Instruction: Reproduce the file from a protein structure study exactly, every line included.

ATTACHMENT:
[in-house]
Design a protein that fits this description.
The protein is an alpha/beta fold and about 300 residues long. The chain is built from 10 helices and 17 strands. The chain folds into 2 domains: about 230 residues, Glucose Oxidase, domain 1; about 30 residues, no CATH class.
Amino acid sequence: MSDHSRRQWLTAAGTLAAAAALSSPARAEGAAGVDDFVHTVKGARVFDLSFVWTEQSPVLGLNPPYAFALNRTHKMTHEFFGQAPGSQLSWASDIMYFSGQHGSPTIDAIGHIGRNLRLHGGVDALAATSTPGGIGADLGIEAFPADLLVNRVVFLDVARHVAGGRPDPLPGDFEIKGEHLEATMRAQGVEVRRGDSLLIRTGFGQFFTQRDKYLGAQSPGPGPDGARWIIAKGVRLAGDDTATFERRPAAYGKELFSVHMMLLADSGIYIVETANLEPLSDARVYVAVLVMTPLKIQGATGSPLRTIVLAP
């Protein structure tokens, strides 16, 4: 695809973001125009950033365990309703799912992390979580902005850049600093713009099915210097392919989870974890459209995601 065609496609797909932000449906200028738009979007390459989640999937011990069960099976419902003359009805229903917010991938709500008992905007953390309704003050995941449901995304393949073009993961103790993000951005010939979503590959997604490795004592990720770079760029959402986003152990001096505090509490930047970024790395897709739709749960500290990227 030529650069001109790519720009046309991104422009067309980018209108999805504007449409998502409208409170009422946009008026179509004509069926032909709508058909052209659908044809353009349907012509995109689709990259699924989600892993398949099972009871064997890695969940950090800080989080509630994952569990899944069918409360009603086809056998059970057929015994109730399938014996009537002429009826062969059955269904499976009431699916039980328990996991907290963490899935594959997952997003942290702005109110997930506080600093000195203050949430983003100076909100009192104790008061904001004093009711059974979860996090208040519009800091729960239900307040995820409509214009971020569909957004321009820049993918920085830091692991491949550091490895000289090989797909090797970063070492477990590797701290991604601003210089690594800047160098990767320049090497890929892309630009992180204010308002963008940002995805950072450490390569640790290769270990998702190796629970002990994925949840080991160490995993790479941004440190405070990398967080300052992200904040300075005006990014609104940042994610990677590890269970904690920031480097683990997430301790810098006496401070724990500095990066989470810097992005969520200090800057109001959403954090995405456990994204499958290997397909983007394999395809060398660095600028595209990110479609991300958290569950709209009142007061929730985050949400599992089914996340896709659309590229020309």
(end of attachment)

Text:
[in-house]
Design a protein that fits this description.
The protein is an alpha/beta fold and about 300 residues long. The chain is built from 10 helices and 17 strands. The chain folds into 2 domains: about 230 residues, Glucose Oxidase, domain 1; about 30 residues, no CATH class.
Amino acid sequence: MSDHSRRQWLTAAGTLAAAAALSSPARAEGAAGVDDFVHTVKGARVFDLSFVWTEQSPVLGLNPPYAFALNRTHKMTHEFFGQAPGSQLSWASDIMYFSGQHGSPTIDAIGHIGRNLRLHGGVDALAATSTPGGIGADLGIEAFPADLLVNRVVFLDVARHVAGGRPDPLPGDFEIKGEHLEATMRAQGVEVRRGDSLLIRTGFGQFFTQRDKYLGAQSPGPGPDGARWIIAKGVRLAGDDTATFERRPAAYGKELFSVHMMLLADSGIYIVETANLEPLSDARVYVAVLVMTPLKIQGATGSPLRTIVLAP
């Protein structure tokens, strides 16, 4: 695809973001125009950033365990309703799912992390979580902005850049600093713009099915210097392919989870974890459209995601 065609496609797909932000449906200028738009979007390459989640999937011990069960099976419902003359009805229903917010991938709500008992905007953390309704003050995941449901995304393949073009993961103790993000951005010939979503590959997604490795004592990720770079760029959402986003152990001096505090509490930047970024790395897709739709749960500290990227 030529650069001109790519720009046309991104422009067309980018209108999805504007449409998502409208409170009422946009008026179509004509069926032909709508058909052209659908044809353009349907012509995109689709990259699924989600892993398949099972009871064997890695969940950090800080989080509630994952569990899944069918409360009603086809056998059970057929015994109730399938014996009537002429009826062969059955269904499976009431699916039980328990996991907290963490899935594959997952997003942290702005109110997930506080600093000195203050949430983003100076909100009192104790008061904001004093009711059974979860996090208040519009800091729960239900307040995820409509214009971020569909957004321009820049993918920085830091692991491949550091490895000289090989797909090797970063070492477990590797701290991604601003210089690594800047160098990767320049090497890929892309630009992180204010308002963008940002995805950072450490390569640790290769270990998702190796629970002990994925949840080991160490995993790479941004440190405070990398967080300052992200904040300075005006990014609104940042994610990677590890269970904690920031480097683990997430301790810098006496401070724990500095990066989470810097992005969520200090800057109001959403954090995405456990994204499958290997397909983007394999395809060398660095600028595209990110479609991300958290569950709209009142007061929730985050949400599992089914996340896709659309590229020309």